Leverage got its MADtv on tonight, with a thickly layered episode that was largely staged as a parody of The Office, as directed by Werner Herzog. The premise was that the entire team, posing as “efficiency experts”, has gone undercover together to get to the bottom of some chicanery inside a troubled greeting card company. Too bad for them, the company’s offices are suffering from infestation by a camera crew, led by “noted German documentary filmmaker Gunter” something-or-other, played by Peter Stormare. Stormare throws a couple of extra “z”’s into his diction in a game effort to make his usual accent—which is Swedish by way of Mars—sound German, but the obvious reason for the casting was that somebody thought it would be neat to have a character modeled on the biggest five-star weirdo to have picked up a check in Los Angeles in all our lifetimes to be played by the first runner-up for that title. The most puzzling thing about it is why, after his self-parodying appearances in movies like Incident At Loch Ness and The Grand, and his voice cameo on The Simpsons, they didn’t get Herzog to play the role himself. Maybe one of his penguins was sick.
This kind of thing is tricky to pull off, partly because anyone working on a dramatic series on TNT who even thinks of trying it is likely to already be dangerously impressed with his own cleverness. For the most part, the show pulled off the look and feel of what it was making fun of with skill and panache, but there were some lapses into sheer cuteness. It’s probably a good sign for the overall health of the show that most of these had to do with the Herzog-Stormare character, with his pretensions to making a film that would expose “the oil that lubricates the capitalist engine” and his crush on Parker (“Vot a magnificent creature!”), whose icy veneer and tendency to incorporate images of animal violence and dead bodies into her greeting-card designs he interprets as proof that she has “a German soul.” (He gets to deliver a come-on speech to her about how much he enjoys eating in hospital cafeterias, where “the reminder of mortality and the fleetingness of life, combined with the institutional, mass-processed flavor of food… is intoxicating.”) When it comes to the problems and distractions bedeviling the team itself, a higher degree of comic respect is maintained. These are our heroes, after all.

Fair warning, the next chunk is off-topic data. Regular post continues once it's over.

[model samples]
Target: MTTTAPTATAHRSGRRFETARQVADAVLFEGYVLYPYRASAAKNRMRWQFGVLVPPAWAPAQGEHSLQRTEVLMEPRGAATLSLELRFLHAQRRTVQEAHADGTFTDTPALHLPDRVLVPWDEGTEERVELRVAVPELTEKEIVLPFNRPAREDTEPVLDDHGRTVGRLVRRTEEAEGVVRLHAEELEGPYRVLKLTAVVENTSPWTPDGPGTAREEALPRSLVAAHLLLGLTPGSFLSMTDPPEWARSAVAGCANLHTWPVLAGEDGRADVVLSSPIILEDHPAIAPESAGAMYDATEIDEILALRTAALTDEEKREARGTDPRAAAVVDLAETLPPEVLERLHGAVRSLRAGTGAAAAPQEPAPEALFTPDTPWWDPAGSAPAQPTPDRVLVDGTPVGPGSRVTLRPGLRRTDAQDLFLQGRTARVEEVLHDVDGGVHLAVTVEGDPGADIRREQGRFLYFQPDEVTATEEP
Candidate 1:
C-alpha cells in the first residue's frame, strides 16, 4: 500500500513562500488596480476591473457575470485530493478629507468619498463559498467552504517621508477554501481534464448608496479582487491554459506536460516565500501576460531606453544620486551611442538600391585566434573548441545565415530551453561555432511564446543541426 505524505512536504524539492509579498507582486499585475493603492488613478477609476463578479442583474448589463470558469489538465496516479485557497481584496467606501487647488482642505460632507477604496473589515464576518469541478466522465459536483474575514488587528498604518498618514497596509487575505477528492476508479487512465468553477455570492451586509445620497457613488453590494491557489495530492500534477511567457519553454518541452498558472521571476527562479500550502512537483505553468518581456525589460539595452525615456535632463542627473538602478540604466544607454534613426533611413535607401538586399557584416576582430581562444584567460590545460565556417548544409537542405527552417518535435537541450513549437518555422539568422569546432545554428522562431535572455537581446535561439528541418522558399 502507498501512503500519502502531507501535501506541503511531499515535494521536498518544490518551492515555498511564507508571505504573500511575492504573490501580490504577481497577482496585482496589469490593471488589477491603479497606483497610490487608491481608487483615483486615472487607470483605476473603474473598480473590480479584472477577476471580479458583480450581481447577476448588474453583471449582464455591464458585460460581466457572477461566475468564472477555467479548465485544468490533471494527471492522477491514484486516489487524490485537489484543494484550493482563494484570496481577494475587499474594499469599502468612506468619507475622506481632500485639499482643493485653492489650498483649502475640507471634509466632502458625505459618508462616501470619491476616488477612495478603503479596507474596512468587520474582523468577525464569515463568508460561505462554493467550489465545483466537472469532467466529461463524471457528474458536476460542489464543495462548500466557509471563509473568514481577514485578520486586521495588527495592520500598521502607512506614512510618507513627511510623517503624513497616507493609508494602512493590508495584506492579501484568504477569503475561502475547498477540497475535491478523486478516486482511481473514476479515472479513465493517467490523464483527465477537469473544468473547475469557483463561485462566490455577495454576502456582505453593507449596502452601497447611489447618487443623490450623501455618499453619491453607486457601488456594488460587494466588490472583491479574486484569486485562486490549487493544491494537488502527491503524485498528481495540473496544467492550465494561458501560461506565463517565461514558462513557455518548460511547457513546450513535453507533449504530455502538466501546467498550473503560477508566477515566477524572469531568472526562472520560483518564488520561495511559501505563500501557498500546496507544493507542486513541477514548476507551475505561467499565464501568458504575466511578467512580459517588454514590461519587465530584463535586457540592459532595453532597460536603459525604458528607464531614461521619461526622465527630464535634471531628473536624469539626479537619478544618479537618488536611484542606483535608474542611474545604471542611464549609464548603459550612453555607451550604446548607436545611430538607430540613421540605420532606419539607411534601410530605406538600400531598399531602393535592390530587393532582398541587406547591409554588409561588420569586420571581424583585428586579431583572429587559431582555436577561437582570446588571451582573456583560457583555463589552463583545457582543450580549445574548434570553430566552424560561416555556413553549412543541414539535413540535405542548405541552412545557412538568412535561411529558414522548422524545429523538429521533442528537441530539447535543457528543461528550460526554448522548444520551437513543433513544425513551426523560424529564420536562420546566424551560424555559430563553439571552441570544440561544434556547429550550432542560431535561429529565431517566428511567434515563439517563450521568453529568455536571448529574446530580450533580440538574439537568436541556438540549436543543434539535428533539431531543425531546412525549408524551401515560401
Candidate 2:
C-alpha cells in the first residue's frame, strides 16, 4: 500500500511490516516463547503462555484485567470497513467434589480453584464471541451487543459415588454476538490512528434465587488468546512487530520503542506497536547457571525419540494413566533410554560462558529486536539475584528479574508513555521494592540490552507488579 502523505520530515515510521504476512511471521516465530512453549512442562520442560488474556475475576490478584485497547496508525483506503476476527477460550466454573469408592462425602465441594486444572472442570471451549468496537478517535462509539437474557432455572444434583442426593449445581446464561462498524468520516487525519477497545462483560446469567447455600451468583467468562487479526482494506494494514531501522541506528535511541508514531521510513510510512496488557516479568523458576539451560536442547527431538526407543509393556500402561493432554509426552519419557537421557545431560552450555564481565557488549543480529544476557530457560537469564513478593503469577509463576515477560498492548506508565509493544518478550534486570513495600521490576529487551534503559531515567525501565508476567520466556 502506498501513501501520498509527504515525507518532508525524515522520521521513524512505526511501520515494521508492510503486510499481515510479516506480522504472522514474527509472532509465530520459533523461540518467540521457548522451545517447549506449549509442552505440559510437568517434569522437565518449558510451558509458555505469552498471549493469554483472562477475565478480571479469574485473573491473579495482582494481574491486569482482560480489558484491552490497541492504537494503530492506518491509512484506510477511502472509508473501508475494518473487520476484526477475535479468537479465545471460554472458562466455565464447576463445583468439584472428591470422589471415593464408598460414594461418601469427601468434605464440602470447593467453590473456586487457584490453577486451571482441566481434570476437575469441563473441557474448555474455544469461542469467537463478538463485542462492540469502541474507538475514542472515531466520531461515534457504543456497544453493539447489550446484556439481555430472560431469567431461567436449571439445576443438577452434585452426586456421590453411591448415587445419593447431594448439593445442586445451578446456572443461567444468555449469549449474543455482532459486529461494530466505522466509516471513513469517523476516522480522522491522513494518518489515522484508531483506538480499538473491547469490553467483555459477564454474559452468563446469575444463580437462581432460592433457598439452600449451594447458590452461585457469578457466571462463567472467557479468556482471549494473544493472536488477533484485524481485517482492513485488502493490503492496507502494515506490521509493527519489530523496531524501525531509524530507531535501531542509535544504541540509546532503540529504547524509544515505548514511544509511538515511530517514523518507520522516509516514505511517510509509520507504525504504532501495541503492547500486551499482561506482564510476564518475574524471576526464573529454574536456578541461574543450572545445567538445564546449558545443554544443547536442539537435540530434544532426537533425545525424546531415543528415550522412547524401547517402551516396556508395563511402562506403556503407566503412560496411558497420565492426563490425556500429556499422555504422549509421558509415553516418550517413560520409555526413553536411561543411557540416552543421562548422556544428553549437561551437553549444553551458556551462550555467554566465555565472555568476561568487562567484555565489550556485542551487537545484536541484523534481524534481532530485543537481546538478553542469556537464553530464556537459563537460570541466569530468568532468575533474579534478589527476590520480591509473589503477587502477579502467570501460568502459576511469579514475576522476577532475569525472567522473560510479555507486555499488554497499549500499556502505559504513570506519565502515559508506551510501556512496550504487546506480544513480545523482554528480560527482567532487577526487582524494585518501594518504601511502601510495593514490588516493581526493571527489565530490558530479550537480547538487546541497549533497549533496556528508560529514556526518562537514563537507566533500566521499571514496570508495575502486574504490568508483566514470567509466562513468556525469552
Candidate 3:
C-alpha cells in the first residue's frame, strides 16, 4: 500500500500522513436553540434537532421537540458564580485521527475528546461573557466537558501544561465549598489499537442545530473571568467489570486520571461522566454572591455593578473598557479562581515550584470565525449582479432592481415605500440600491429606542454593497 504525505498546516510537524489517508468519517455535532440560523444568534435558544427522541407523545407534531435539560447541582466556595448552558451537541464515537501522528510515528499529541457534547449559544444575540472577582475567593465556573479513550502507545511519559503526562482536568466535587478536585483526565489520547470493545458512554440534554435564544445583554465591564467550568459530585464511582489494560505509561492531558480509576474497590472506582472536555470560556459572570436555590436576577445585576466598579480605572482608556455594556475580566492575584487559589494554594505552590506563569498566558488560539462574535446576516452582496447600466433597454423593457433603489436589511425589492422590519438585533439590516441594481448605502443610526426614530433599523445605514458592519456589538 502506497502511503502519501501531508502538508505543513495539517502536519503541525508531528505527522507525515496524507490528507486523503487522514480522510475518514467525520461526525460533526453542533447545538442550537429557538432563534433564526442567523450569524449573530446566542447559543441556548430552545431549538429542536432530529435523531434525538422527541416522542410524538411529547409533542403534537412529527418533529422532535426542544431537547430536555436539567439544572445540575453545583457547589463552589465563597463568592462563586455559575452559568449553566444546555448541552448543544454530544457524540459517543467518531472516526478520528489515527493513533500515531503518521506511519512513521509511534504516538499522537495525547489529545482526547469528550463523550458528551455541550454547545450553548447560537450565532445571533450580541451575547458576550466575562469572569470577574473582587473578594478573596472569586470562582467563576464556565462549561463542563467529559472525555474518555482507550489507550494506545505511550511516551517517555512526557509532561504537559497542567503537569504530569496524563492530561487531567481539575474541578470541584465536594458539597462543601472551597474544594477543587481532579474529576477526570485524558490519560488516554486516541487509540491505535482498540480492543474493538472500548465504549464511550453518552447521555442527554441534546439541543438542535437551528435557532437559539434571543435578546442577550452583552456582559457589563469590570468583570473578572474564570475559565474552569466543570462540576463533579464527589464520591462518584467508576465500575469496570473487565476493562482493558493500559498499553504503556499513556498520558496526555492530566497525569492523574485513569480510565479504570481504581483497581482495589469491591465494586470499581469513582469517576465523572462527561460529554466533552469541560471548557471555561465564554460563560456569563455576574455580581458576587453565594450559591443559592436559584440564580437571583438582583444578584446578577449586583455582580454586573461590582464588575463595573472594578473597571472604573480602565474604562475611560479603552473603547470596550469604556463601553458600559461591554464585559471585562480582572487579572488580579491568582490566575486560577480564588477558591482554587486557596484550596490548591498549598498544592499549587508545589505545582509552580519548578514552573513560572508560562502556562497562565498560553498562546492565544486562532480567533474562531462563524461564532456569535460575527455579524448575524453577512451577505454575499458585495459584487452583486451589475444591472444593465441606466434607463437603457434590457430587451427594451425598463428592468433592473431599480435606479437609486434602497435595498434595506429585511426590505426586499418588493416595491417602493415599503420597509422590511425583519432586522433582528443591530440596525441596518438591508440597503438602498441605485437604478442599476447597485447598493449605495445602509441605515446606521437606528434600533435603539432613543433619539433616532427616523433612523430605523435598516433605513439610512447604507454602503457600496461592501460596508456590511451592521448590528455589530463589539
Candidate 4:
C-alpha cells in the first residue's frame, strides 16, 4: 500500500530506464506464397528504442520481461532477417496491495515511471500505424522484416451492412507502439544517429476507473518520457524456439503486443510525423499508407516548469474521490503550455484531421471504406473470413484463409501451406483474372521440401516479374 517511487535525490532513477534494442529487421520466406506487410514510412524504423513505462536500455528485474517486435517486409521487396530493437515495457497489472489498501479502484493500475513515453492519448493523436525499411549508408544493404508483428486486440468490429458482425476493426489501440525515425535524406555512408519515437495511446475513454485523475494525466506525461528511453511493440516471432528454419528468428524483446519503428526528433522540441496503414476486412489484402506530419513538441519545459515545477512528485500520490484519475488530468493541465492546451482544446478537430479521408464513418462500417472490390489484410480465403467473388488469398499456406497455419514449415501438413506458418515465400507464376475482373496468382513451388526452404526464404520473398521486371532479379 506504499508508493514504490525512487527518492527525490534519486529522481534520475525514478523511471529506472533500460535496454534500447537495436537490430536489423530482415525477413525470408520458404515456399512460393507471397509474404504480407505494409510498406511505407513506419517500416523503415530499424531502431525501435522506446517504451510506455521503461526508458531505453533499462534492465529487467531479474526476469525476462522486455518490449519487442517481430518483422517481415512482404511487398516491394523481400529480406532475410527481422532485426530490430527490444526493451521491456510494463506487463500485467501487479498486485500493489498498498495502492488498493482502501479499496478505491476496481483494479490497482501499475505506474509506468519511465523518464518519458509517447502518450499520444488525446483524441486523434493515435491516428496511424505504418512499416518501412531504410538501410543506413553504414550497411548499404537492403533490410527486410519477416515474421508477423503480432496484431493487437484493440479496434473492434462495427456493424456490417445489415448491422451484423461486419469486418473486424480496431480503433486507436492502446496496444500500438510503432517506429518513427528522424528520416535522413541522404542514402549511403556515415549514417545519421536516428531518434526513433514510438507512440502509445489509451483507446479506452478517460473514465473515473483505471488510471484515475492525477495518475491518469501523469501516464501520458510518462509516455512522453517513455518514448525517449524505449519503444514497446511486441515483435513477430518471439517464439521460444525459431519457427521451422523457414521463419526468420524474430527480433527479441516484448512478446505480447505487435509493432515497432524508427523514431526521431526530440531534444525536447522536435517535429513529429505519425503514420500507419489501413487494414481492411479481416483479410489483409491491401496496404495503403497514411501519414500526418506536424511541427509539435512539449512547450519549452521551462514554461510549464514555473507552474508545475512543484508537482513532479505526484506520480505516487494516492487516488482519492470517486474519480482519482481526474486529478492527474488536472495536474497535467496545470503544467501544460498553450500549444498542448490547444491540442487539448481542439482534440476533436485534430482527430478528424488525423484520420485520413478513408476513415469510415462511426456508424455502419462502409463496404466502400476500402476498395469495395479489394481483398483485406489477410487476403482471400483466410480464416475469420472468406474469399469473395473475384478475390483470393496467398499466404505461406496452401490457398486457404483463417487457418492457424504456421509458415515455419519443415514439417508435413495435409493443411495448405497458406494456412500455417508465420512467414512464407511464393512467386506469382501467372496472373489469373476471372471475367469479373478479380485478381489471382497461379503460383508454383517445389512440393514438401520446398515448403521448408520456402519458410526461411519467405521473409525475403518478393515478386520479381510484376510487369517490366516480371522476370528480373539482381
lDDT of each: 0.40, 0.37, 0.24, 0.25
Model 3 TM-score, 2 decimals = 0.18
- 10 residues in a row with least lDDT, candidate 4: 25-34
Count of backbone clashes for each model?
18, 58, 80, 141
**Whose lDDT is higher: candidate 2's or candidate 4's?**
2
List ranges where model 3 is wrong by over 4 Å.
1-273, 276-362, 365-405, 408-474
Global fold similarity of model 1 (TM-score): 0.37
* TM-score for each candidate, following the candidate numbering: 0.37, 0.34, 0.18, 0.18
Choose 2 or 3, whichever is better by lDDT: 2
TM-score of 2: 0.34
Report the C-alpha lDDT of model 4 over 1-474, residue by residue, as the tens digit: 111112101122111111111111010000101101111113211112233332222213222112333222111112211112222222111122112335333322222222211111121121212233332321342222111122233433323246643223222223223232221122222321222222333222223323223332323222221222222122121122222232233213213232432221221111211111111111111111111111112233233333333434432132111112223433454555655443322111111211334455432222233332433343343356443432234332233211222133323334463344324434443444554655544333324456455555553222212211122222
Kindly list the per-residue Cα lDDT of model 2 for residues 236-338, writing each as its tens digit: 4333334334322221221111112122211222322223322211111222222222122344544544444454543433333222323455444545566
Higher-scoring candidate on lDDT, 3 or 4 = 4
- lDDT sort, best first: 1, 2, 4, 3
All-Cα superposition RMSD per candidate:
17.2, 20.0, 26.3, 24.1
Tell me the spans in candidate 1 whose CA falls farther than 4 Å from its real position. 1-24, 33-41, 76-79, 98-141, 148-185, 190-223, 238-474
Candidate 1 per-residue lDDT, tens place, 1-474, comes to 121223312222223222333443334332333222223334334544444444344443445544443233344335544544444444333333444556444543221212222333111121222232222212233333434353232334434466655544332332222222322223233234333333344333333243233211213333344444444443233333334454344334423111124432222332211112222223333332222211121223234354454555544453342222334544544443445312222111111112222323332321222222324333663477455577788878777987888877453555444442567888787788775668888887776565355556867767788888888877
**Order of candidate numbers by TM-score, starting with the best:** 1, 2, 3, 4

Hardison and Eliot, for example, are pissed at each other because Eliot is convinced, in the face of Hardison’s heated denials, that it was he who had stolen Eliot’s sandwich from the refrigerator. Hardison finally accuses Eliot of having taken “too many hits to the head,” adding, “You probably ate the damn sandwich yourself and forgot about it!” Wonderfully, Eliot chooses to take this as a slam on his cooking. Miffed that anyone could suggest he had it in him to make a “forgettable” sandwich, he sits down in front of the camera, mockumentary-interview style, and lays out his recipe, making it clear just how much painstaking work and craft went into his masterpiece. It did sounds like something worth holding a grudge over.; in fact, it sounds like something worth flinging a sandwich thief off a roof over, but Eliot makes it clear that he absolutely wouldn’t have gone that route unless it just felt really right.